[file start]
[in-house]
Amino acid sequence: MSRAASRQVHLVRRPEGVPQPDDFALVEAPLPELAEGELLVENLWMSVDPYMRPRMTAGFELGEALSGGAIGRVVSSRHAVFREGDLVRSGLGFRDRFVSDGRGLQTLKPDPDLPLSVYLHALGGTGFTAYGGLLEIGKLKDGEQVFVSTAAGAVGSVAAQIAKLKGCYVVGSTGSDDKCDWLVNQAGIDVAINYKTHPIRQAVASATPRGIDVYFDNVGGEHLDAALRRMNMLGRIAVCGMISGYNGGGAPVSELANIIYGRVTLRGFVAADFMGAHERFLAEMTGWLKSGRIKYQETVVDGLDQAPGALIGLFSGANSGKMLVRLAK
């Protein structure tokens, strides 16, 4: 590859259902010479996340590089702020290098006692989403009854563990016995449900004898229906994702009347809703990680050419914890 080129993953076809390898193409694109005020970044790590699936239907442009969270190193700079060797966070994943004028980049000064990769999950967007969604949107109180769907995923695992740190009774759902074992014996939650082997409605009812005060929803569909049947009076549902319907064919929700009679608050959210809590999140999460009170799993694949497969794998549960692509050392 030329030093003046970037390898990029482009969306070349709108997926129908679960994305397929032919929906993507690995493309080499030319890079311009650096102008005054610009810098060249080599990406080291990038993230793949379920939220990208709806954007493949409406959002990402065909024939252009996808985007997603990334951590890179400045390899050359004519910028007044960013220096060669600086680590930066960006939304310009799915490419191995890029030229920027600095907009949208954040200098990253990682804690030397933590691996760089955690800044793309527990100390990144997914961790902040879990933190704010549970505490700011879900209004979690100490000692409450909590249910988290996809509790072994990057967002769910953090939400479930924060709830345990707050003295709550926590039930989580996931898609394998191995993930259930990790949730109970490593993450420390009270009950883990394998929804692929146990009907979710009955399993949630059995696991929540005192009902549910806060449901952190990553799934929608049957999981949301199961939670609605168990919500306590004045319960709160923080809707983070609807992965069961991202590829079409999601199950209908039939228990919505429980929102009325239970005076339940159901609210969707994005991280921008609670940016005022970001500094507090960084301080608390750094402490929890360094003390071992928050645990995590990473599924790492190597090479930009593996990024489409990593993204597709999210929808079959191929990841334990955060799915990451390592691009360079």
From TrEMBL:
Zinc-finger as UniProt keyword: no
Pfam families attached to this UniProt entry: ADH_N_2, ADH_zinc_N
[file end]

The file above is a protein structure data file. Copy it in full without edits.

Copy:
[in-house]
Amino acid sequence: MSRAASRQVHLVRRPEGVPQPDDFALVEAPLPELAEGELLVENLWMSVDPYMRPRMTAGFELGEALSGGAIGRVVSSRHAVFREGDLVRSGLGFRDRFVSDGRGLQTLKPDPDLPLSVYLHALGGTGFTAYGGLLEIGKLKDGEQVFVSTAAGAVGSVAAQIAKLKGCYVVGSTGSDDKCDWLVNQAGIDVAINYKTHPIRQAVASATPRGIDVYFDNVGGEHLDAALRRMNMLGRIAVCGMISGYNGGGAPVSELANIIYGRVTLRGFVAADFMGAHERFLAEMTGWLKSGRIKYQETVVDGLDQAPGALIGLFSGANSGKMLVRLAK
């Protein structure tokens, strides 16, 4: 590859259902010479996340590089702020290098006692989403009854563990016995449900004898229906994702009347809703990680050419914890 080129993953076809390898193409694109005020970044790590699936239907442009969270190193700079060797966070994943004028980049000064990769999950967007969604949107109180769907995923695992740190009774759902074992014996939650082997409605009812005060929803569909049947009076549902319907064919929700009679608050959210809590999140999460009170799993694949497969794998549960692509050392 030329030093003046970037390898990029482009969306070349709108997926129908679960994305397929032919929906993507690995493309080499030319890079311009650096102008005054610009810098060249080599990406080291990038993230793949379920939220990208709806954007493949409406959002990402065909024939252009996808985007997603990334951590890179400045390899050359004519910028007044960013220096060669600086680590930066960006939304310009799915490419191995890029030229920027600095907009949208954040200098990253990682804690030397933590691996760089955690800044793309527990100390990144997914961790902040879990933190704010549970505490700011879900209004979690100490000692409450909590249910988290996809509790072994990057967002769910953090939400479930924060709830345990707050003295709550926590039930989580996931898609394998191995993930259930990790949730109970490593993450420390009270009950883990394998929804692929146990009907979710009955399993949630059995696991929540005192009902549910806060449901952190990553799934929608049957999981949301199961939670609605168990919500306590004045319960709160923080809707983070609807992965069961991202590829079409999601199950209908039939228990919505429980929102009325239970005076339940159901609210969707994005991280921008609670940016005022970001500094507090960084301080608390750094402490929890360094003390071992928050645990995590990473599924790492190597090479930009593996990024489409990593993204597709999210929808079959191929990841334990955060799915990451390592691009360079």
From TrEMBL:
Zinc-finger as UniProt keyword: no
Pfam families attached to this UniProt entry: ADH_N_2, ADH_zinc_N